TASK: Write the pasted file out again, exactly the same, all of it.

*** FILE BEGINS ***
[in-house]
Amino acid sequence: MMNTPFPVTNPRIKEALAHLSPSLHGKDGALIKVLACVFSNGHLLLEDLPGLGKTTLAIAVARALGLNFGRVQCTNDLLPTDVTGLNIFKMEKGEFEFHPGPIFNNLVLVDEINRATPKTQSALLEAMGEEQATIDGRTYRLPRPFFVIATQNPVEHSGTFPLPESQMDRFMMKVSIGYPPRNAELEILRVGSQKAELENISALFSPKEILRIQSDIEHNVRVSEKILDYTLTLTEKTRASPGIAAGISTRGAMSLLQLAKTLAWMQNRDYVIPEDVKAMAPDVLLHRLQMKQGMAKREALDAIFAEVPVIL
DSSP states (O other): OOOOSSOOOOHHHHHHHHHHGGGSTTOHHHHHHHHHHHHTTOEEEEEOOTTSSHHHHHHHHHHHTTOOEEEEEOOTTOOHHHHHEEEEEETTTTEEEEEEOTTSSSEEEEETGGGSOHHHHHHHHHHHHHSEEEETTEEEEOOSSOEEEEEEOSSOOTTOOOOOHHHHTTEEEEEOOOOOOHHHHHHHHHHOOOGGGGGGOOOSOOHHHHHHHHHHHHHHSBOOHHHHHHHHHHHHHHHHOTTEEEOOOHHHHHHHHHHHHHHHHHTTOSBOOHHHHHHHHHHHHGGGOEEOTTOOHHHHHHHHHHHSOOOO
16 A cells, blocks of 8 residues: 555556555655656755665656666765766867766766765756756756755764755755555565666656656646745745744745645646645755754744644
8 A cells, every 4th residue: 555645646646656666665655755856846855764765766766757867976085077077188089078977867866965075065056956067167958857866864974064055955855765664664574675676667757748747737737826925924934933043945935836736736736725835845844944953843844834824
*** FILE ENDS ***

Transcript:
[in-house]
Amino acid sequence: MMNTPFPVTNPRIKEALAHLSPSLHGKDGALIKVLACVFSNGHLLLEDLPGLGKTTLAIAVARALGLNFGRVQCTNDLLPTDVTGLNIFKMEKGEFEFHPGPIFNNLVLVDEINRATPKTQSALLEAMGEEQATIDGRTYRLPRPFFVIATQNPVEHSGTFPLPESQMDRFMMKVSIGYPPRNAELEILRVGSQKAELENISALFSPKEILRIQSDIEHNVRVSEKILDYTLTLTEKTRASPGIAAGISTRGAMSLLQLAKTLAWMQNRDYVIPEDVKAMAPDVLLHRLQMKQGMAKREALDAIFAEVPVIL
DSSP states (O other): OOOOSSOOOOHHHHHHHHHHGGGSTTOHHHHHHHHHHHHTTOEEEEEOOTTSSHHHHHHHHHHHTTOOEEEEEOOTTOOHHHHHEEEEEETTTTEEEEEEOTTSSSEEEEETGGGSOHHHHHHHHHHHHHSEEEETTEEEEOOSSOEEEEEEOSSOOTTOOOOOHHHHTTEEEEEOOOOOOHHHHHHHHHHOOOGGGGGGOOOSOOHHHHHHHHHHHHHHSBOOHHHHHHHHHHHHHHHHOTTEEEOOOHHHHHHHHHHHHHHHHHTTOSBOOHHHHHHHHHHHHGGGOEEOTTOOHHHHHHHHHHHSOOOO
16 A cells, blocks of 8 residues: 555556555655656755665656666765766867766766765756756756755764755755555565666656656646745745744745645646645755754744644
8 A cells, every 4th residue: 555645646646656666665655755856846855764765766766757867976085077077188089078977867866965075065056956067167958857866864974064055955855765664664574675676667757748747737737826925924934933043945935836736736736725835845844944953843844834824